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WA Delegate (non-executive): The Republic of HUFS (elected 81 days ago)

Founder: The Commonwealth of Whipjangle

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Visit a region where you can gain the benefit of a small group of like minded players, but with no other restrictions, where your rights end at the tip of the other guy's nose and where smaller government is better government, and no government (aside from national defense and regional dispute resolution) is best of all.

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Libertarian contains 34 nations, the 318th most in the world.

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31.The OBNOXIOUS BARKING DOG of Libertarian ChaosAnarchy“Anti-State, Anti-War, Pro-Market”
32.The Constitutional Republic of Alternate Universe 912Anarchy“From many, one more”
33.The Amerikanisches Reich of ThinkPadsAnarchy“Rebellis ut tyrannus est obsequium ut Deus”
34.The Confederation of Paul MarksCapitalizt“Do not tread on me.”
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Hey man, Australian-Bahamian libertarian here ^_^

@The Republic of Claramas: welcome aboard!

Thanks, I hope I am not denigrated for my position. Granted I am not the archetype libertarian, but at the foundation on my political philosophy is a Libertarian core. I was a member of LvMI but these days I find strands of Keynesian economics explains the modern economy today. You might find that oxymoronic, however Minsky, and Paul Davidson has stated that the economy is non-ergodic. Paul Davidson even criticised economists like Krugman and co who think they can predict what's in store for us.

So I am a moderate Libertarian, but I'm always for a small government and fiscal conservatism. :)

Support for limited government (let alone libertarianism) is not compatible with Keynesianism. As for the latest refutations of J. M. Keynes - see Hunter Lewis ""Where Keynes Went Wrong".

Lending should be from REAL SAVINGS - not credit-money expansion.

Claramas so you have Post Keynesian leanings

If you weren't aware, the final installment of Atlas Shrugged opens next month - I think on 9/12

Are you talking about the movie, it's terrible.

got to say, there is a simple fact revealed by history, that when a recession/depression occurs, a govt issuing a capital investment infrastrucure project does a lot more for economic growth than lowering the interest rate of the fiat money supply.

Did you know Carl Member was for intervention into the marketplace. Crazy huh.

Carl Menger was an interventionist in some ways (for example he was in favour of government schools - which had existed in Austria for a century by his time), however he was free market by modern standards (no more an interventionist than Barry Goldwater or Ronald Reagan).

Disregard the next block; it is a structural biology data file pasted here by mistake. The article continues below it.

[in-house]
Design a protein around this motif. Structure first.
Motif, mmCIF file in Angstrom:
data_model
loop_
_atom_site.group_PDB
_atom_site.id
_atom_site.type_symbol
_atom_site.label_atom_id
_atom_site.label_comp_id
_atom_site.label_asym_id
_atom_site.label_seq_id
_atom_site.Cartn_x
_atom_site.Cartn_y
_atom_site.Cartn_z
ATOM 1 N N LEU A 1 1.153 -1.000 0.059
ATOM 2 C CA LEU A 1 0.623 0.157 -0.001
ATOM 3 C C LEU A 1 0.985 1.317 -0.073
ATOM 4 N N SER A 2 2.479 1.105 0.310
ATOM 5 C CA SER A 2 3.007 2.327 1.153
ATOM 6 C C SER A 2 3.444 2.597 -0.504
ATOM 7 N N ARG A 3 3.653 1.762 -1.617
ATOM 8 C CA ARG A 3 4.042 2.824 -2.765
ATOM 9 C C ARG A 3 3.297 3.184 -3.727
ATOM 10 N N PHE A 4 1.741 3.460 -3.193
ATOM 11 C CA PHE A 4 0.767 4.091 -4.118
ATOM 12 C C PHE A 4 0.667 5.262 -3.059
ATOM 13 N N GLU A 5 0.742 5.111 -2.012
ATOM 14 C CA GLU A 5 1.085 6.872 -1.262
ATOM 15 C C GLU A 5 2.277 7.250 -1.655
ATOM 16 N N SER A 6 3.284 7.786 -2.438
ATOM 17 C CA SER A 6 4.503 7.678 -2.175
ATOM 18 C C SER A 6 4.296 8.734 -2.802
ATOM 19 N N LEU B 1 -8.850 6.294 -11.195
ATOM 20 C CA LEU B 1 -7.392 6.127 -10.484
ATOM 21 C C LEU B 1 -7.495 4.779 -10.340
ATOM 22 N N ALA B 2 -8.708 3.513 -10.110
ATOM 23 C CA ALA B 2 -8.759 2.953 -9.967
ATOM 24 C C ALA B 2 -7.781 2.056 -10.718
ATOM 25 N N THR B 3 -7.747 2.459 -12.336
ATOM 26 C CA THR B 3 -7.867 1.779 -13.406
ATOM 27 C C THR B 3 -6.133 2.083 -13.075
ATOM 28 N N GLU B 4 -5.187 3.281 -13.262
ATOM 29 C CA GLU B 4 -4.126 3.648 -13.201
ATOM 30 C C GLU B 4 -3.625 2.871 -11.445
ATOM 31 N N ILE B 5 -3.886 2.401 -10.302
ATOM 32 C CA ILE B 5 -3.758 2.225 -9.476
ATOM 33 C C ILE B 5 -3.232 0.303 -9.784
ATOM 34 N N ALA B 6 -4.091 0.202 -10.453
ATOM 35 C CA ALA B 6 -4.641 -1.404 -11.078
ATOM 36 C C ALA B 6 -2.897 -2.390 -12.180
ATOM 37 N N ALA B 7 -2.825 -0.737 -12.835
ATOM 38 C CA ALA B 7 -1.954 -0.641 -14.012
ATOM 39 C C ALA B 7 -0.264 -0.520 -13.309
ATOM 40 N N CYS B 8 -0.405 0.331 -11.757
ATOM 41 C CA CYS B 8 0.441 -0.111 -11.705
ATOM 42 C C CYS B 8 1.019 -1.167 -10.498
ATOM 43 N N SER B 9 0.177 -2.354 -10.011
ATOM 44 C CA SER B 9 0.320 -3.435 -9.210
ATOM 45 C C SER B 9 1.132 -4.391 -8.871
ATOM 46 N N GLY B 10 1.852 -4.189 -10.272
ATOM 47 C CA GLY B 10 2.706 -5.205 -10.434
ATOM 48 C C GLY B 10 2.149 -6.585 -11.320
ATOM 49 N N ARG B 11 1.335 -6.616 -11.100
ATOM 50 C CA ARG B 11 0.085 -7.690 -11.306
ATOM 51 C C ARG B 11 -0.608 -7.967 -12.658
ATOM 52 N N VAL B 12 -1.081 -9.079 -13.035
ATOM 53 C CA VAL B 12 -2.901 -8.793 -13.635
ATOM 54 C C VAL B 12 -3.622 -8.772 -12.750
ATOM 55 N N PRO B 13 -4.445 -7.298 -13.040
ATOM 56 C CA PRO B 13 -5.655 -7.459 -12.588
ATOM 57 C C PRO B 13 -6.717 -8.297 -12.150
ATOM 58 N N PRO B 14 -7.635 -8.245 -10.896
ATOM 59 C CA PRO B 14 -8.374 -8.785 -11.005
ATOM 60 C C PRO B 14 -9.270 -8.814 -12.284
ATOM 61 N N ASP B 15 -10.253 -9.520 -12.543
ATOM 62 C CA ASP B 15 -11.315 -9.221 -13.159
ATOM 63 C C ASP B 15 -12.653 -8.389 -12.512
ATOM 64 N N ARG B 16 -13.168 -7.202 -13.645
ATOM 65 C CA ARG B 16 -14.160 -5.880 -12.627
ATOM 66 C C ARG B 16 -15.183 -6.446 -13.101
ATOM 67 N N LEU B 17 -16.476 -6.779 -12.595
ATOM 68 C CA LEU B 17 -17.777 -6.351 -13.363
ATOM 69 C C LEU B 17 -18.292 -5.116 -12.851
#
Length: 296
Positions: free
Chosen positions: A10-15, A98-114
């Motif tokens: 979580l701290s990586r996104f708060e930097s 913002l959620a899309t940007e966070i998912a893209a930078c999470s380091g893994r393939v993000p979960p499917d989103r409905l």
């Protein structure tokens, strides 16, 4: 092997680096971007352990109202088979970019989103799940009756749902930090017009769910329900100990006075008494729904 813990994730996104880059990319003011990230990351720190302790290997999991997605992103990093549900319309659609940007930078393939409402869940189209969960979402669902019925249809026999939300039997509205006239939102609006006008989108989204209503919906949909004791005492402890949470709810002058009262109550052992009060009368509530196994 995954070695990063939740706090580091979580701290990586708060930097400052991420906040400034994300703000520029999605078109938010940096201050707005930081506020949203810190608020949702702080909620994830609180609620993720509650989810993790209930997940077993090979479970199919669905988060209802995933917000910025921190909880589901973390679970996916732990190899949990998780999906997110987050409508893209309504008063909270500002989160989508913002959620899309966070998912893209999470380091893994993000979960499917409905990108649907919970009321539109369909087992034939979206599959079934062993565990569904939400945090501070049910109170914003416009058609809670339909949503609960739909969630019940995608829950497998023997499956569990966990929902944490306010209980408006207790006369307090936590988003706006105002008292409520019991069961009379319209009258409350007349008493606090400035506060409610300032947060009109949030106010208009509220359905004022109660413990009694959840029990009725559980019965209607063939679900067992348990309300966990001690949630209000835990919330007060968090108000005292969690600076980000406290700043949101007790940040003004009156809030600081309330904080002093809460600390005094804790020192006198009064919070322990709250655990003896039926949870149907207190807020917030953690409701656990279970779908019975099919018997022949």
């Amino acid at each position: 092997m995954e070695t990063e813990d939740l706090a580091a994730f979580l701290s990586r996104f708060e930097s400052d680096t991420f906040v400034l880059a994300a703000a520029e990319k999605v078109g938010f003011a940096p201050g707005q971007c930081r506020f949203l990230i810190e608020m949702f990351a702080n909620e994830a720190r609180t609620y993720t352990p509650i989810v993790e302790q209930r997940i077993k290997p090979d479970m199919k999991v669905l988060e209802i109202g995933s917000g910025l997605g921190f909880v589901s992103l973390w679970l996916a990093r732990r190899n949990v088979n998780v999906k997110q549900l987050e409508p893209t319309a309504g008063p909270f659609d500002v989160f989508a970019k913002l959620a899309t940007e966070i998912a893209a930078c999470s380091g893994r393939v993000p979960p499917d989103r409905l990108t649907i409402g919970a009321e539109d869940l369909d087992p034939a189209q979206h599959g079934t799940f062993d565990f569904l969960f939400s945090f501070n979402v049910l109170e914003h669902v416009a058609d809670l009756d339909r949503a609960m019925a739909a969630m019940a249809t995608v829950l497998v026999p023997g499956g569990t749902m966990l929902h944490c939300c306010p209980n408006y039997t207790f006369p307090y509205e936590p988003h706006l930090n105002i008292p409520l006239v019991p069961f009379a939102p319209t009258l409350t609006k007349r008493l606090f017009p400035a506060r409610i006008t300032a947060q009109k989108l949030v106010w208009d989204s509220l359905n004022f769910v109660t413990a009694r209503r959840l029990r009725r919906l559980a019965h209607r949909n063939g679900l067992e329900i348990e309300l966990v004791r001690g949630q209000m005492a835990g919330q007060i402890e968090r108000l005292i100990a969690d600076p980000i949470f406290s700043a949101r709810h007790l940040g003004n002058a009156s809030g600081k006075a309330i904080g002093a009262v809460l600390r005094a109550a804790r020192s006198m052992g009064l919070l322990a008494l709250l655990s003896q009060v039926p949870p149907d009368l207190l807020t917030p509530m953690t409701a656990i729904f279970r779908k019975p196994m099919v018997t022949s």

Carl Menger was really about theoretical economics (methodology) taking those principles to their logical conclusions was undertaken by the next generation - principally by Ludwig Von Mises (1881- 1973 - he was active to an unusually advanced age, still doing good work as late as 1966).

FJK - your "simple fact" is PARTLY counter factual.

I agree that government interest rate cuts are crazy (hair-of-the-dog economics - like trying to cure a hang over by drinking).

But government infrastructure spending is ALSO crazy.

Warren Harding (the most smeared American President in history) did not launch infrastructure schemes (as Commerce Sec Herbert Hoover wanted) when the World War One credit bubble burst in 1921 - he (Harding) cut government spending in half (from six billion Dollars to three billion Dollars) and the economy was in recovery in six months.

In the 1930s (both under Franklin Roosevelt - and under Herbert "The Forgotten Progressive" Hoover) there was endless "infrastructure" spending - and mass unemployment continued. It was only broken by the disguised WAGE CUTTING of World War II - the government pretended that wages were not being cut, because it measured them against official prices (not REAL "black market" prices) - in reality REAL wages were hammered during World War II (and unemployment vanished). In the late 1940s there was real wage growth and still (basically) full employment - because the economy was finally really improving (thanks to the so called "Do Nothing Congress" elected in 1946).

This "infrastructure" government spending obsession really depresses me - even the constant paving over of Japan does not seem to have removed it from the minds of people.

Of course an "infrastructure bank" would mix both forms of insanity - fiscal insanity and monetary (credit bubble) insanity.

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